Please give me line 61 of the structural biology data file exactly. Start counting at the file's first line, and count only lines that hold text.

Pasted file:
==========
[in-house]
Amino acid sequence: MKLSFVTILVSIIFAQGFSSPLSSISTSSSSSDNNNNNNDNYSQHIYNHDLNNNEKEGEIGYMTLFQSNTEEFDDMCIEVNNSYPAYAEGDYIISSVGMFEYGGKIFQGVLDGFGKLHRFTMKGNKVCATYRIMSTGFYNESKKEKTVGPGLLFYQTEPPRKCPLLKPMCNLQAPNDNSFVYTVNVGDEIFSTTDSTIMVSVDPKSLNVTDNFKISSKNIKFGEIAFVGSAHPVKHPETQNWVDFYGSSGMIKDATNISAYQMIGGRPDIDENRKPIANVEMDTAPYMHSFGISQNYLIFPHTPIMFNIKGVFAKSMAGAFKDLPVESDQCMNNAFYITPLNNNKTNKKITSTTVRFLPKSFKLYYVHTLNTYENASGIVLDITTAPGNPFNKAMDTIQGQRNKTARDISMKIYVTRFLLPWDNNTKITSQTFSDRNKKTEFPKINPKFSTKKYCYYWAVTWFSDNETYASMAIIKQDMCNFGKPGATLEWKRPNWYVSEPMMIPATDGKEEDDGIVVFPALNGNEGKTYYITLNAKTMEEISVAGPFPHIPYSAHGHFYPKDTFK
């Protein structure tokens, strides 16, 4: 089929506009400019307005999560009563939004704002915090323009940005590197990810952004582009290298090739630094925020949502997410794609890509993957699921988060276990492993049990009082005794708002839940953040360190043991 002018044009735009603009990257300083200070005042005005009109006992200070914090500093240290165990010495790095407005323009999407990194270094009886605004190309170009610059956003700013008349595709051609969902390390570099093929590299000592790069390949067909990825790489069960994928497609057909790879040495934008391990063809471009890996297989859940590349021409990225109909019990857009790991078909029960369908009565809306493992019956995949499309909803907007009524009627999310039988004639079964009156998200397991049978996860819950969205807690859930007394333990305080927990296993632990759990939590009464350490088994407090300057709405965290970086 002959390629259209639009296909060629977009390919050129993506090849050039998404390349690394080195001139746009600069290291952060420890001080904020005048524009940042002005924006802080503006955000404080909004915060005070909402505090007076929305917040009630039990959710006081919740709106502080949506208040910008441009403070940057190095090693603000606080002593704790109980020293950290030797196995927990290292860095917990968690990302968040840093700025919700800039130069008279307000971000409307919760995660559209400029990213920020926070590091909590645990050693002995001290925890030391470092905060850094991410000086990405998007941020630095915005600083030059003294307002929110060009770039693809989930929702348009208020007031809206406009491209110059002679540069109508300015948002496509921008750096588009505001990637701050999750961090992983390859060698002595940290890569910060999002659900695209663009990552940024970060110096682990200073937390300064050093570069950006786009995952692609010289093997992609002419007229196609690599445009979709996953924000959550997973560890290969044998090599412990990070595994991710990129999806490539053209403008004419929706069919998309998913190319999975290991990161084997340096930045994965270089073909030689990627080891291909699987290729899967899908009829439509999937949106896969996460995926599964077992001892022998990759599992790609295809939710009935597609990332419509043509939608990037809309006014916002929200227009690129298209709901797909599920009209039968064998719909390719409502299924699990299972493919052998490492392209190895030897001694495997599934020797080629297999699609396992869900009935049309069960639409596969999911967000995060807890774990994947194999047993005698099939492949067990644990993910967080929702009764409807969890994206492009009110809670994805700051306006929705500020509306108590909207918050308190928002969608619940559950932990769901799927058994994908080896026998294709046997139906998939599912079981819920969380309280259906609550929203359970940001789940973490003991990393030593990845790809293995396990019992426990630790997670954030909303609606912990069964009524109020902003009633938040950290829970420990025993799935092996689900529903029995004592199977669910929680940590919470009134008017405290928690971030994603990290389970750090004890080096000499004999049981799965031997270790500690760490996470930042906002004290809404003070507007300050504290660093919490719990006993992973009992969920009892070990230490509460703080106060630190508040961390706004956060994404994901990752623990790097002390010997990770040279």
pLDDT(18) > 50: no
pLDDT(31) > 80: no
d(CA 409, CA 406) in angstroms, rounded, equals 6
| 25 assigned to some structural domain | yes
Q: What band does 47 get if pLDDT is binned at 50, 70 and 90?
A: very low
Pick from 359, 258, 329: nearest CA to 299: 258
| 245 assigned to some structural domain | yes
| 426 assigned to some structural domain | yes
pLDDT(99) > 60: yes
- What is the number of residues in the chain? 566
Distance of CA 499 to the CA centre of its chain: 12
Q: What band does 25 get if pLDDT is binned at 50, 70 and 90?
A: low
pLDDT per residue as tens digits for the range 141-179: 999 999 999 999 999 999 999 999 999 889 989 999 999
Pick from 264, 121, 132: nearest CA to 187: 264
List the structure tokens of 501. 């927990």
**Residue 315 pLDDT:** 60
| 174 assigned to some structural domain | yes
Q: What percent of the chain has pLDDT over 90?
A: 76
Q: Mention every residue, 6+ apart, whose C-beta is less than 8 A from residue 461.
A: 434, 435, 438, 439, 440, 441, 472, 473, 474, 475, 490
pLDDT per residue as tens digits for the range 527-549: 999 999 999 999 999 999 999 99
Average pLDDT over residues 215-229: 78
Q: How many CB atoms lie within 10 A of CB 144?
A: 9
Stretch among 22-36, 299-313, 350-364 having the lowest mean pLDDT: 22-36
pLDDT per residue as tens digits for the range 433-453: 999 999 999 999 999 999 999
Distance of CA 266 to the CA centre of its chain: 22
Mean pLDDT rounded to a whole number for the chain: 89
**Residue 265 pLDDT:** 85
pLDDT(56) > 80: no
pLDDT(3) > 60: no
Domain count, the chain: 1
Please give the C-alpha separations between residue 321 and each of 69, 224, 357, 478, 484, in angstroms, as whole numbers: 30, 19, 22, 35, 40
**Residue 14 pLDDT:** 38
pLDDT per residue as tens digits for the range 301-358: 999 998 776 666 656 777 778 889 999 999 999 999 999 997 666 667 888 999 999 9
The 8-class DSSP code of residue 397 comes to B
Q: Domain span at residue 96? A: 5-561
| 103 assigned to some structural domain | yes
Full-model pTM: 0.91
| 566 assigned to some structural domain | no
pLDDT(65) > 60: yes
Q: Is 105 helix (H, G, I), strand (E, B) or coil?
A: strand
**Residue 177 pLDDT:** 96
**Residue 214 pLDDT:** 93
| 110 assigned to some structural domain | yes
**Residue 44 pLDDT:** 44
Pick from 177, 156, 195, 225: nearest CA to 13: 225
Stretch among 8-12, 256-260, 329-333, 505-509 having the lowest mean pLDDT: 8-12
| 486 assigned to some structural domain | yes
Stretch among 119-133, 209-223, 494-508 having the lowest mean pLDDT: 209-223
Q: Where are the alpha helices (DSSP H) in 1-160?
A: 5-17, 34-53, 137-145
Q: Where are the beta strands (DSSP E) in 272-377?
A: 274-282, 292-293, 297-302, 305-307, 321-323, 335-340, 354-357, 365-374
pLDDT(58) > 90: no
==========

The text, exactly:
A: 274-282, 292-293, 297-302, 305-307, 321-323, 335-340, 354-357, 365-374